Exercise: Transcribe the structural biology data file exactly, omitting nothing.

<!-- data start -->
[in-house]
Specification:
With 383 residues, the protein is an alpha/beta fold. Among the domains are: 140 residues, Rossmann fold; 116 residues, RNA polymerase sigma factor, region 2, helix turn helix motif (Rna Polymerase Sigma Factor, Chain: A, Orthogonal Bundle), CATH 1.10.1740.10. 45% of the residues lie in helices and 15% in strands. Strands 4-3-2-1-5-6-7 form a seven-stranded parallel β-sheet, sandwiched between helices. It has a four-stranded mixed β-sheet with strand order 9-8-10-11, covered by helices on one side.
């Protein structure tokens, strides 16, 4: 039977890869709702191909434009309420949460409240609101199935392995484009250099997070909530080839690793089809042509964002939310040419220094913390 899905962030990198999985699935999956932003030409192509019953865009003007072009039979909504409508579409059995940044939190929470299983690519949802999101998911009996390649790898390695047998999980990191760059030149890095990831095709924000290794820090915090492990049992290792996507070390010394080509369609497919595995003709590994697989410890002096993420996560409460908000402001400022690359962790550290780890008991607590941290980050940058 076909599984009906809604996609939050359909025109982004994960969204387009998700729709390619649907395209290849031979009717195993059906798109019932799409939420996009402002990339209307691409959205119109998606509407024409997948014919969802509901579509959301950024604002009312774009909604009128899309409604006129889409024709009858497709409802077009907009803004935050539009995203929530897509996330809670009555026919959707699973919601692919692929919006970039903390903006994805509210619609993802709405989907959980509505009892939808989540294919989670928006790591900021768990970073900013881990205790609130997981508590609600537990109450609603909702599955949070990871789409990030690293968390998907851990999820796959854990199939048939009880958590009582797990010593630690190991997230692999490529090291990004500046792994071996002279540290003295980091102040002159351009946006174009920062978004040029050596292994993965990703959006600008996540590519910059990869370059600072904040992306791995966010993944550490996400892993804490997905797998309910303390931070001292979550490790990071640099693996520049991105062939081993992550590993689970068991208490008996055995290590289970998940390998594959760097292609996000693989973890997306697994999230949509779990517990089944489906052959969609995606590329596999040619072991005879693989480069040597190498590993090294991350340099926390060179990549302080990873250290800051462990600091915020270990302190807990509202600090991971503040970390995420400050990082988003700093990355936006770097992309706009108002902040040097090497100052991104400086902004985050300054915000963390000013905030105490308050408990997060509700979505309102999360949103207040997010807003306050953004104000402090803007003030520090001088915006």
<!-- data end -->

[in-house]
Specification:
With 383 residues, the protein is an alpha/beta fold. Among the domains are: 140 residues, Rossmann fold; 116 residues, RNA polymerase sigma factor, region 2, helix turn helix motif (Rna Polymerase Sigma Factor, Chain: A, Orthogonal Bundle), CATH 1.10.1740.10. 45% of the residues lie in helices and 15% in strands. Strands 4-3-2-1-5-6-7 form a seven-stranded parallel β-sheet, sandwiched between helices. It has a four-stranded mixed β-sheet with strand order 9-8-10-11, covered by helices on one side.
């Protein structure tokens, strides 16, 4: 039977890869709702191909434009309420949460409240609101199935392995484009250099997070909530080839690793089809042509964002939310040419220094913390 899905962030990198999985699935999956932003030409192509019953865009003007072009039979909504409508579409059995940044939190929470299983690519949802999101998911009996390649790898390695047998999980990191760059030149890095990831095709924000290794820090915090492990049992290792996507070390010394080509369609497919595995003709590994697989410890002096993420996560409460908000402001400022690359962790550290780890008991607590941290980050940058 076909599984009906809604996609939050359909025109982004994960969204387009998700729709390619649907395209290849031979009717195993059906798109019932799409939420996009402002990339209307691409959205119109998606509407024409997948014919969802509901579509959301950024604002009312774009909604009128899309409604006129889409024709009858497709409802077009907009803004935050539009995203929530897509996330809670009555026919959707699973919601692919692929919006970039903390903006994805509210619609993802709405989907959980509505009892939808989540294919989670928006790591900021768990970073900013881990205790609130997981508590609600537990109450609603909702599955949070990871789409990030690293968390998907851990999820796959854990199939048939009880958590009582797990010593630690190991997230692999490529090291990004500046792994071996002279540290003295980091102040002159351009946006174009920062978004040029050596292994993965990703959006600008996540590519910059990869370059600072904040992306791995966010993944550490996400892993804490997905797998309910303390931070001292979550490790990071640099693996520049991105062939081993992550590993689970068991208490008996055995290590289970998940390998594959760097292609996000693989973890997306697994999230949509779990517990089944489906052959969609995606590329596999040619072991005879693989480069040597190498590993090294991350340099926390060179990549302080990873250290800051462990600091915020270990302190807990509202600090991971503040970390995420400050990082988003700093990355936006770097992309706009108002902040040097090497100052991104400086902004985050300054915000963390000013905030105490308050408990997060509700979505309102999360949103207040997010807003306050953004104000402090803007003030520090001088915006």